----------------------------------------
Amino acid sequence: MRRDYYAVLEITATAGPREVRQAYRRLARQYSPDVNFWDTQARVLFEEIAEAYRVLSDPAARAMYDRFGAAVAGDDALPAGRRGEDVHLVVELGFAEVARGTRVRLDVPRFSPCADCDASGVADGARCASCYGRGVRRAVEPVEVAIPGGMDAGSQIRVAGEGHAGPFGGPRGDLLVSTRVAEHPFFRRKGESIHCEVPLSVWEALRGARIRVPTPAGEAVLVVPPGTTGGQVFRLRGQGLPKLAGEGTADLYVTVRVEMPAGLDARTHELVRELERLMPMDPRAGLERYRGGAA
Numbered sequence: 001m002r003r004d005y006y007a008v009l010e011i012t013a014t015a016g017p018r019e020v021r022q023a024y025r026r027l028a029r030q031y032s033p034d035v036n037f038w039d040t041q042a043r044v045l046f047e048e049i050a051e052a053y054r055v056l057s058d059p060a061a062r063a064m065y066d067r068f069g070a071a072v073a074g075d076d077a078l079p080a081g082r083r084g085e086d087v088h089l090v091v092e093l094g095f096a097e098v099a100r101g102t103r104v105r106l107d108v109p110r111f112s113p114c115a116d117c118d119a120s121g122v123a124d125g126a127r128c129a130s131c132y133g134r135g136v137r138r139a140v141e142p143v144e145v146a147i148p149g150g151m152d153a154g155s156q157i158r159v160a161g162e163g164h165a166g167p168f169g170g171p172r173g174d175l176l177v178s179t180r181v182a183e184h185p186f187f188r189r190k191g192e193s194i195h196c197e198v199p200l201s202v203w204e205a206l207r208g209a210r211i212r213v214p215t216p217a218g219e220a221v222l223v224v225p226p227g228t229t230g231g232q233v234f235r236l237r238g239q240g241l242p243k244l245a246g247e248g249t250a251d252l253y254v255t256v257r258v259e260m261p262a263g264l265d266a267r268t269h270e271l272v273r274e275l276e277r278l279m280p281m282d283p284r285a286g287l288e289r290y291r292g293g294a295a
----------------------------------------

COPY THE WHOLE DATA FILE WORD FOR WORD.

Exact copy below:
Amino acid sequence: MRRDYYAVLEITATAGPREVRQAYRRLARQYSPDVNFWDTQARVLFEEIAEAYRVLSDPAARAMYDRFGAAVAGDDALPAGRRGEDVHLVVELGFAEVARGTRVRLDVPRFSPCADCDASGVADGARCASCYGRGVRRAVEPVEVAIPGGMDAGSQIRVAGEGHAGPFGGPRGDLLVSTRVAEHPFFRRKGESIHCEVPLSVWEALRGARIRVPTPAGEAVLVVPPGTTGGQVFRLRGQGLPKLAGEGTADLYVTVRVEMPAGLDARTHELVRELERLMPMDPRAGLERYRGGAA
Numbered sequence: 001m002r003r004d005y006y007a008v009l010e011i012t013a014t015a016g017p018r019e020v021r022q023a024y025r026r027l028a029r030q031y032s033p034d035v036n037f038w039d040t041q042a043r044v045l046f047e048e049i050a051e052a053y054r055v056l057s058d059p060a061a062r063a064m065y066d067r068f069g070a071a072v073a074g075d076d077a078l079p080a081g082r083r084g085e086d087v088h089l090v091v092e093l094g095f096a097e098v099a100r101g102t103r104v105r106l107d108v109p110r111f112s113p114c115a116d117c118d119a120s121g122v123a124d125g126a127r128c129a130s131c132y133g134r135g136v137r138r139a140v141e142p143v144e145v146a147i148p149g150g151m152d153a154g155s156q157i158r159v160a161g162e163g164h165a166g167p168f169g170g171p172r173g174d175l176l177v178s179t180r181v182a183e184h185p186f187f188r189r190k191g192e193s194i195h196c197e198v199p200l201s202v203w204e205a206l207r208g209a210r211i212r213v214p215t216p217a218g219e220a221v222l223v224v225p226p227g228t229t230g231g232q233v234f235r236l237r238g239q240g241l242p243k244l245a246g247e248g249t250a251d252l253y254v255t256v257r258v259e260m261p262a263g264l265d266a267r268t269h270e271l272v273r274e275l276e277r278l279m280p281m282d283p284r285a286g287l288e289r290y291r292g293g294a295a